Offering a partial explanation to a mysterious decline in Southern Sea Otter population, California Sea Grant researchers have established a strong body of circumstantial evidence linking cats to a lethal otter disease. University of California at Davis professor Patricia Conrad and doctoral student Melissa Miller, both in the School of Veterinary Medicine, have shown that otters near heavy freshwater flows are three times more likely to have been infected by Toxoplasma gondii - a potentially lethal parasitic protozoan that causes brain infections in otters - than otters from areas where runoff is light.
The scientists' best guess is that parasite eggs in cat droppings are washed into coastal-bound storm drains and creeks. Although many different kinds of animals, such as birds and rodents, can serve as intermediate hosts for the parasite, cats are the only animals known to shed the parasite's eggs in their droppings. Otters may be acquiring parasites directly through water contact, or they may be eating infected mussels or other bivalves.
Southern Sea Otters are listed as threatened under the federal Endangered Species Act. Once numbering more than 300,000, there were an estimated 2,100 otters off California this past spring. For more than a decade, otter numbers rose, hitting a peak in the spring of 1995. The recovery, for reasons still unexplained, appears to have stagnated or slid backward.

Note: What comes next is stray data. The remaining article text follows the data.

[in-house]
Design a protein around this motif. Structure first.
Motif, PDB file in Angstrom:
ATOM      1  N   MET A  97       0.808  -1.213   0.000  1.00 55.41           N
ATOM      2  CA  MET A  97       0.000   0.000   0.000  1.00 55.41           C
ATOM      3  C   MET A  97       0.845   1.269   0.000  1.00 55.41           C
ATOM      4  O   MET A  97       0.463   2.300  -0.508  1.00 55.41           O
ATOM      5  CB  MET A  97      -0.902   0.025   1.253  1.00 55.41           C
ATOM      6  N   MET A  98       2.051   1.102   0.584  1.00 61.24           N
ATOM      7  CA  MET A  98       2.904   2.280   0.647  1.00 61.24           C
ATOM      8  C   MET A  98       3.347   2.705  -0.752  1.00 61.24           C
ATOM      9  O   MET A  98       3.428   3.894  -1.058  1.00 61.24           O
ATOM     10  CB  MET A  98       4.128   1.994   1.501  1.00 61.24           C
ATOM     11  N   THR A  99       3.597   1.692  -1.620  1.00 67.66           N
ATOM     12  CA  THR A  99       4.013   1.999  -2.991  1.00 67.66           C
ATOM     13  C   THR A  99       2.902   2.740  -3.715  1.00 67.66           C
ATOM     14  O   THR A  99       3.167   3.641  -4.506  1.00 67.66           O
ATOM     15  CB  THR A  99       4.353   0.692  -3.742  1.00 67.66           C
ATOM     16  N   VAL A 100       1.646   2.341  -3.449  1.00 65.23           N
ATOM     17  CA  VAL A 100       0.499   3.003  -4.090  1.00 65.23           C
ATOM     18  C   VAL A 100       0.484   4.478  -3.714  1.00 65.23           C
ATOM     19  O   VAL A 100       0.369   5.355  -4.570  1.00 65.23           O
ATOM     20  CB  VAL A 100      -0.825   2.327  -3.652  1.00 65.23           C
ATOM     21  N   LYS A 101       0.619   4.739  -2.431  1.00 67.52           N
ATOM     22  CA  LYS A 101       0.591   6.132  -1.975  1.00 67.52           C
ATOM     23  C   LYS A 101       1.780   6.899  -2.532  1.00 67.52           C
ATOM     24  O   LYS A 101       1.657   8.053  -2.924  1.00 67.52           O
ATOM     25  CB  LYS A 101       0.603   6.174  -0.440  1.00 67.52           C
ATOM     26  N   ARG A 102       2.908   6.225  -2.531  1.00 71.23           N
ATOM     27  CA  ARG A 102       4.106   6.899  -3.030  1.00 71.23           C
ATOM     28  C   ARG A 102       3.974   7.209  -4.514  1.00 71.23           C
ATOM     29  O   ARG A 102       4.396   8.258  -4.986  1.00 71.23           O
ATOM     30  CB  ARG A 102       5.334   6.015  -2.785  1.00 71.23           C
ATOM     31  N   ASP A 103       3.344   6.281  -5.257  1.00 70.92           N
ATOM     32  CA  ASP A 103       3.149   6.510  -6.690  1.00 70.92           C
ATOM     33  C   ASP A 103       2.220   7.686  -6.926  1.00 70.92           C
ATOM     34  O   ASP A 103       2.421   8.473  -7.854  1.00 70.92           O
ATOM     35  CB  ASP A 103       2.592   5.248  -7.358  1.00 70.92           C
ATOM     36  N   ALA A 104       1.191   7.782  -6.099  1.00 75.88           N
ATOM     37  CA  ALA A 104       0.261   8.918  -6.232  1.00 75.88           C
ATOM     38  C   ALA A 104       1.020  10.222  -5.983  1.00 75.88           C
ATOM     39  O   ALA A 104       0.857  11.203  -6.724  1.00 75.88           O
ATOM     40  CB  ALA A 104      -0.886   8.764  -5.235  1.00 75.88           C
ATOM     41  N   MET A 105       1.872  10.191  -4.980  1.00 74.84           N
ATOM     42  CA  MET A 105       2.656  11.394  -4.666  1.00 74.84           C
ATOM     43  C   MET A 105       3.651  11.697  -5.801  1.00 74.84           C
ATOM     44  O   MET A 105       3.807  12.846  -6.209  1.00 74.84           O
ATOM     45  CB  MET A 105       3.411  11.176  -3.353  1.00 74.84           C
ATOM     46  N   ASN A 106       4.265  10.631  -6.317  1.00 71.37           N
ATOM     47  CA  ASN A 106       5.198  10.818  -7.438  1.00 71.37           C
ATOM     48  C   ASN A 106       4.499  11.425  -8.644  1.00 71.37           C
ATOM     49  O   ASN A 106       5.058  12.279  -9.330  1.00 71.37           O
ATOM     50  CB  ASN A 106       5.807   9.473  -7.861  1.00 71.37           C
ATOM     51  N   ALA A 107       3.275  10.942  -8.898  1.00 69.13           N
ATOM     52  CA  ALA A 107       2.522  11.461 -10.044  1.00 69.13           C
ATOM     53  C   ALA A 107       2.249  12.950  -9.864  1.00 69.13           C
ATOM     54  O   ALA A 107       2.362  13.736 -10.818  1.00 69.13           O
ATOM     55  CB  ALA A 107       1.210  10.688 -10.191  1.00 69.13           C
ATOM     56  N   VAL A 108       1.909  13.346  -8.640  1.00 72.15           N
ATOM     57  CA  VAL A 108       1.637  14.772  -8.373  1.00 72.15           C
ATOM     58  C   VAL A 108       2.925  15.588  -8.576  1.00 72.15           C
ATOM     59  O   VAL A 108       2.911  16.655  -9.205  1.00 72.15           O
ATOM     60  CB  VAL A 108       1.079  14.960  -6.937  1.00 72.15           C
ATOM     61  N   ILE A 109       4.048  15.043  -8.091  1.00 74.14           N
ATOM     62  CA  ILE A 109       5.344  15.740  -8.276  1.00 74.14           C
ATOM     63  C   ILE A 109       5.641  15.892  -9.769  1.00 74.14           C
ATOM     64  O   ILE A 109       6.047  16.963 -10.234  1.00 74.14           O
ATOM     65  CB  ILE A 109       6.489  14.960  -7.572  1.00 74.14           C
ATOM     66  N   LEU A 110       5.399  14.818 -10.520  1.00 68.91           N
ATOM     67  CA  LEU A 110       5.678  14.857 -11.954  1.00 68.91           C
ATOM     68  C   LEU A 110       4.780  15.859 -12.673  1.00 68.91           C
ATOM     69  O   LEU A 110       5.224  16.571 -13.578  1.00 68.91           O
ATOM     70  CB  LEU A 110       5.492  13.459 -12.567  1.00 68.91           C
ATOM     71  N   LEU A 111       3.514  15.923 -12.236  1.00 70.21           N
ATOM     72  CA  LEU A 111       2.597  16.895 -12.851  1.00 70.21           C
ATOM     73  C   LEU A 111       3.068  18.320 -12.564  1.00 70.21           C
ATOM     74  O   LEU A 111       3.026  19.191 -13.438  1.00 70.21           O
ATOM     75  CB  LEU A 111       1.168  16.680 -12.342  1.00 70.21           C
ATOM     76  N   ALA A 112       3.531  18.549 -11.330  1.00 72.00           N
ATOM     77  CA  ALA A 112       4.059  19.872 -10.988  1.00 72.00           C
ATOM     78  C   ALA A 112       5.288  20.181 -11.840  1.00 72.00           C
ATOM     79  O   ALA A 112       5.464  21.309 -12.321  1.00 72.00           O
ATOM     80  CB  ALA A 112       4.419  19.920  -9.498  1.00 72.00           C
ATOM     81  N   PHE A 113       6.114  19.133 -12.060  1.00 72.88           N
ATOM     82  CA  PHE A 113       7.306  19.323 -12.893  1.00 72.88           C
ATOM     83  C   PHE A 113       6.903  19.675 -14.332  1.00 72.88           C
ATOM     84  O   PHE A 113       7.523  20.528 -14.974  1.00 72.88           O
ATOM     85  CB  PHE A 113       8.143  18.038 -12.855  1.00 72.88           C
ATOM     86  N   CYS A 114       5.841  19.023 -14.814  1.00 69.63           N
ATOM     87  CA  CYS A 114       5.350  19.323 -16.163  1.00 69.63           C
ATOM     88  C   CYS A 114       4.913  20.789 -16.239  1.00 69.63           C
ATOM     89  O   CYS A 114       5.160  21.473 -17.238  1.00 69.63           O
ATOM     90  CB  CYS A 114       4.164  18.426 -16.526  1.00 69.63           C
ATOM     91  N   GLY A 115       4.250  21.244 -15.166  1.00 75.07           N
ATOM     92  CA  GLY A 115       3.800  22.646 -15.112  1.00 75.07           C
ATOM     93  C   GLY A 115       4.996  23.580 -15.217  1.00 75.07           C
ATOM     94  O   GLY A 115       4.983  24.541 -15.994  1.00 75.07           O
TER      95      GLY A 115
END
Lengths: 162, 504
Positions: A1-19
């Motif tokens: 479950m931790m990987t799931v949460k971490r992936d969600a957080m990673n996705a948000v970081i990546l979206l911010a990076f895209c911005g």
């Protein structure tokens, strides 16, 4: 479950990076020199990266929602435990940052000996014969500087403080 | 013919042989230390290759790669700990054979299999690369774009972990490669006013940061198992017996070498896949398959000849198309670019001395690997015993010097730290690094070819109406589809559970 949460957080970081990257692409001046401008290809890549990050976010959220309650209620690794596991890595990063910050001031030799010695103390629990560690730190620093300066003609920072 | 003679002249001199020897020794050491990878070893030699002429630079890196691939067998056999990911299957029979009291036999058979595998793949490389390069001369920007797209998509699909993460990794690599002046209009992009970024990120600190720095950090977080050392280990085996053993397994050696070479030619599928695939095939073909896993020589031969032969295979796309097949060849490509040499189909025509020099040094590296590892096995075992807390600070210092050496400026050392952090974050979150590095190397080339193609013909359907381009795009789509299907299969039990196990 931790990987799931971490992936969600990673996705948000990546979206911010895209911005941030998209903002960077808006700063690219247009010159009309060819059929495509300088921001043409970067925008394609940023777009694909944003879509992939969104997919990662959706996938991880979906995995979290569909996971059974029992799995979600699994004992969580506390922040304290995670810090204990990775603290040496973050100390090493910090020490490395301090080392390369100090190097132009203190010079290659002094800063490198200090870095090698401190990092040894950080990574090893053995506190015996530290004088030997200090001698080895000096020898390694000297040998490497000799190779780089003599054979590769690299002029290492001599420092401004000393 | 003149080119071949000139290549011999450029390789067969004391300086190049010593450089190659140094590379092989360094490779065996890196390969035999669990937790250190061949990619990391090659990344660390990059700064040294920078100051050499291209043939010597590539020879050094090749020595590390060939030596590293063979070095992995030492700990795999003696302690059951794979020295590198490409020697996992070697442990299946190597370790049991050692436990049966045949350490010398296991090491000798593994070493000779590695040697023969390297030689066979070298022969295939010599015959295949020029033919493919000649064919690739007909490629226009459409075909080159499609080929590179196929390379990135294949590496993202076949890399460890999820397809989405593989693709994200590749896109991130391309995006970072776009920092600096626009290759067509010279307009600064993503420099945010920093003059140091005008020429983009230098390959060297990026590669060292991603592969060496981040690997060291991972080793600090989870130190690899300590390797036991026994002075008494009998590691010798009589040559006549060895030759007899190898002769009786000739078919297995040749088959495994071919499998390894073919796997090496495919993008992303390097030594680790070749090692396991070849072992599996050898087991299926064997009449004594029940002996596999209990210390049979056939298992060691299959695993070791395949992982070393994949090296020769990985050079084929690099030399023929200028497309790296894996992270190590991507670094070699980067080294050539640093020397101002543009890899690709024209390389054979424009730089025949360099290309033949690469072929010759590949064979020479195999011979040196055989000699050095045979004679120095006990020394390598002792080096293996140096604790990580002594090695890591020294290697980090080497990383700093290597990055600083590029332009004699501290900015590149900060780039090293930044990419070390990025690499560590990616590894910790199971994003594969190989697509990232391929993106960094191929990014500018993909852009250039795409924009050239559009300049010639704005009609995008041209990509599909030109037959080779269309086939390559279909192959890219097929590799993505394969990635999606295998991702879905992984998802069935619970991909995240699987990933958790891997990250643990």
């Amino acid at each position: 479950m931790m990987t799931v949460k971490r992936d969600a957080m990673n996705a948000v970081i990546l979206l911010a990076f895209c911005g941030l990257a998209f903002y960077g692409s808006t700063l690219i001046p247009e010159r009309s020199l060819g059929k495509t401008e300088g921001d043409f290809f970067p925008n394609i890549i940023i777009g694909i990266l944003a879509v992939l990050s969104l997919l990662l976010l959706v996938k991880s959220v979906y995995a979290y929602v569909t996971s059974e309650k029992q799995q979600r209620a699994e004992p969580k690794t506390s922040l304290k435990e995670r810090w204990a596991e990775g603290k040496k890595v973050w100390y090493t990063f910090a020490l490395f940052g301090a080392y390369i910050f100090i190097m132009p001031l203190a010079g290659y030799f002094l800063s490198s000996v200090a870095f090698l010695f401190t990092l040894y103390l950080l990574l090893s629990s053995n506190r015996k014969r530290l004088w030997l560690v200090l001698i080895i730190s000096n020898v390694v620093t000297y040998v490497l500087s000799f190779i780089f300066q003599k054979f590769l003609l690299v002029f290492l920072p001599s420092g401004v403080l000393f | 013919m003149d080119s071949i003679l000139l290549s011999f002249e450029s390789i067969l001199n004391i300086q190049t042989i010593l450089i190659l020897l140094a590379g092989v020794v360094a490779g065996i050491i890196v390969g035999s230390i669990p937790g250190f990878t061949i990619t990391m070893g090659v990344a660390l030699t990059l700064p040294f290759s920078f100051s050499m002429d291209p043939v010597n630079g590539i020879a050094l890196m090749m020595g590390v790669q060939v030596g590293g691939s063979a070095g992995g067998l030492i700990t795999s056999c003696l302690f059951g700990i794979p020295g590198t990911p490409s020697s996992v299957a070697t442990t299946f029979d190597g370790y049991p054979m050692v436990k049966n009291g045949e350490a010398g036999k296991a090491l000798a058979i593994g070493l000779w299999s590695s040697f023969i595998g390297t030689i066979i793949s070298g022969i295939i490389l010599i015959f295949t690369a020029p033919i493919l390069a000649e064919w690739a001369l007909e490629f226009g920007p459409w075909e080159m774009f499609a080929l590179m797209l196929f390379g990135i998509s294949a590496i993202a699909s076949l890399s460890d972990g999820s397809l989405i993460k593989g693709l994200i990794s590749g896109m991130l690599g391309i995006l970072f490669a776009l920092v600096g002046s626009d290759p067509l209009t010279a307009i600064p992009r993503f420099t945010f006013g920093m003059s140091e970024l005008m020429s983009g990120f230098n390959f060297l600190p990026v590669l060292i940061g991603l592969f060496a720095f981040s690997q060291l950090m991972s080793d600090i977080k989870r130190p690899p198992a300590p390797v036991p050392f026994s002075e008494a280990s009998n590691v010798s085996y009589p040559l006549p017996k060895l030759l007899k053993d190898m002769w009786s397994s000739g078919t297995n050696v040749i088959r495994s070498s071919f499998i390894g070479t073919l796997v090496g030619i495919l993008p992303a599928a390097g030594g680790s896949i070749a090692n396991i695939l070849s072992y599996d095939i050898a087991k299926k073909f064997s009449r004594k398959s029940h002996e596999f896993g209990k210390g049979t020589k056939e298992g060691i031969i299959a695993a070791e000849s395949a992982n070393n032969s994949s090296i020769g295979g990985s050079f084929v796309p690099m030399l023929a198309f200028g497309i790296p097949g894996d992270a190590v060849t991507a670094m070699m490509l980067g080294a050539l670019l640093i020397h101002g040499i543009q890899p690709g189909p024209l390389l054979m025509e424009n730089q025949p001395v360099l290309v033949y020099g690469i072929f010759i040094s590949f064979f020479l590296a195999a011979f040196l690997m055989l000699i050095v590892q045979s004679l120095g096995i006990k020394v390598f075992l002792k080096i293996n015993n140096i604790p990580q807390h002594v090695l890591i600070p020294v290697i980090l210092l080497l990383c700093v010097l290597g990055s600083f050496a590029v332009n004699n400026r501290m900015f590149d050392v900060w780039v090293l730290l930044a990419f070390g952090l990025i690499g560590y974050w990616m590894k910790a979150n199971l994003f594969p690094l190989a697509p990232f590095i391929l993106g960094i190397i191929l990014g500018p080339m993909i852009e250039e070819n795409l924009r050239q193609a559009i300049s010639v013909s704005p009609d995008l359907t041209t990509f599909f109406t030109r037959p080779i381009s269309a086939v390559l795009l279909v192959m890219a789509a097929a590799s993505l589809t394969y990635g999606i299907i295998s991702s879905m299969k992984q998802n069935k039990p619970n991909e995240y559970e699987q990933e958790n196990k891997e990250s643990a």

While the scientists are not certain how much of this decline can be attributed to the parasite infections, Miller's Sea Grant research suggests that about 60 percent of dead otters in her survey had been infected by the parasite. Further research suggests that many of these otters likely died of toxoplasma encephalitis.
To further investigate pathogens in storm water and runoff, a California Sea Grant study is looking at another parasite, Cryptosporidium, widely regarded as one of the most significant causes of diarrhea in humans. Conrad, and Rob Atwill, also at the School of Veterinary Medicine at Davis, are taking cues from the sea otters study, measuring pathogen levels in bivalves near outfalls of human and agricultural runoff, to track the upstream sources of pollution. Genetic tests are also being used to identify which animal species are the main sources of pathogen pollution. Wildlife, cattle, pets and people can spread Cryptosporidium.
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